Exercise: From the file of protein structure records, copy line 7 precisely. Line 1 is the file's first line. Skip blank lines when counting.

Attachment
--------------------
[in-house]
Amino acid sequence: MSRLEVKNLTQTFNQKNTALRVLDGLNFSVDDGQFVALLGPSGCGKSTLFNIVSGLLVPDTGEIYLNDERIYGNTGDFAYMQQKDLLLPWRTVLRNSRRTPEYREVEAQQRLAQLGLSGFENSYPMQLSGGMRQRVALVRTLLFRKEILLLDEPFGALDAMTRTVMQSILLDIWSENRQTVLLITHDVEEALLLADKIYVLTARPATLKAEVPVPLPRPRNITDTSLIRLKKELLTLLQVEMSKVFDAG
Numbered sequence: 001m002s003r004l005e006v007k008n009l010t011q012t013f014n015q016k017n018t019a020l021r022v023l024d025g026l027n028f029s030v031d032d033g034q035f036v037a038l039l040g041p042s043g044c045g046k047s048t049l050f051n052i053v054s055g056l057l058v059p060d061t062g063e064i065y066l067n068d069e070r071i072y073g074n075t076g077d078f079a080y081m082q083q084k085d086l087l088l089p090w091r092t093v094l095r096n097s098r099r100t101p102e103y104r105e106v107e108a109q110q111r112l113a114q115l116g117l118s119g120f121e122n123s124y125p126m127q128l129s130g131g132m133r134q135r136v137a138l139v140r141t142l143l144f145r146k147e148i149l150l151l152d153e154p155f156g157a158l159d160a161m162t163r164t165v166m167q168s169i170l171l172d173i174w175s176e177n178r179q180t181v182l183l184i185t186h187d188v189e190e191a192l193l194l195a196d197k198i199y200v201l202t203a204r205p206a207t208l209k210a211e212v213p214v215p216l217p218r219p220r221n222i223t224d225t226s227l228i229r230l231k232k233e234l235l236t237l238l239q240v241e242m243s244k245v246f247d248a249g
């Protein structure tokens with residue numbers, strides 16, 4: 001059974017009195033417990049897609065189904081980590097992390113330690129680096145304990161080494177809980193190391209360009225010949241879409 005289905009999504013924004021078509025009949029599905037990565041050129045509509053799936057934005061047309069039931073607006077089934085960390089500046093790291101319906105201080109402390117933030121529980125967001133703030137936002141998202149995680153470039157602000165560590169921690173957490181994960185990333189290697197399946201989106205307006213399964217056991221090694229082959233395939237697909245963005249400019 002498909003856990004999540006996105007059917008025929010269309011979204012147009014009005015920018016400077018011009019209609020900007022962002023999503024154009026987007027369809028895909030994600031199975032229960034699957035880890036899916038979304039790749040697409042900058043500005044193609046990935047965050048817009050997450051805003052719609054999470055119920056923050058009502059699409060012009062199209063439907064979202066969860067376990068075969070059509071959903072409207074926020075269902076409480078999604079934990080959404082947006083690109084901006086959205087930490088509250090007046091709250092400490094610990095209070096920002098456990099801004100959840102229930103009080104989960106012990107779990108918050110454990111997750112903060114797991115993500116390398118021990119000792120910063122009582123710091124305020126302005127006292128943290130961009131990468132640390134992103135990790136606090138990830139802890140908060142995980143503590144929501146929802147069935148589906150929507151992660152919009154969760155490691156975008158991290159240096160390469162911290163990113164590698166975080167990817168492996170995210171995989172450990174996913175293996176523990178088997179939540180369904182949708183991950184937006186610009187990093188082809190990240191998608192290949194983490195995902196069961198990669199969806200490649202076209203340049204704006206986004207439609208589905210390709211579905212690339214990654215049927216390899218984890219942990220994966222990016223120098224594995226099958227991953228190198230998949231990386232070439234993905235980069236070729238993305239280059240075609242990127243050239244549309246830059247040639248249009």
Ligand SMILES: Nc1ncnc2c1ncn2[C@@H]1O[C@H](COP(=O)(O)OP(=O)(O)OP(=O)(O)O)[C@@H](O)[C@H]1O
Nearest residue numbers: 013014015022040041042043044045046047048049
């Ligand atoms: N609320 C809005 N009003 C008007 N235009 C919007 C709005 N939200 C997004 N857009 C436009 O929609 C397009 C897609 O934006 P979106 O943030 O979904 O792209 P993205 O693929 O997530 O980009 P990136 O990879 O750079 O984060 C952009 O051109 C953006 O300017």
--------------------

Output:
């Ligand atoms: N609320 C809005 N009003 C008007 N235009 C919007 C709005 N939200 C997004 N857009 C436009 O929609 C397009 C897609 O934006 P979106 O943030 O979904 O792209 P993205 O693929 O997530 O980009 P990136 O990879 O750079 O984060 C952009 O051109 C953006 O300017």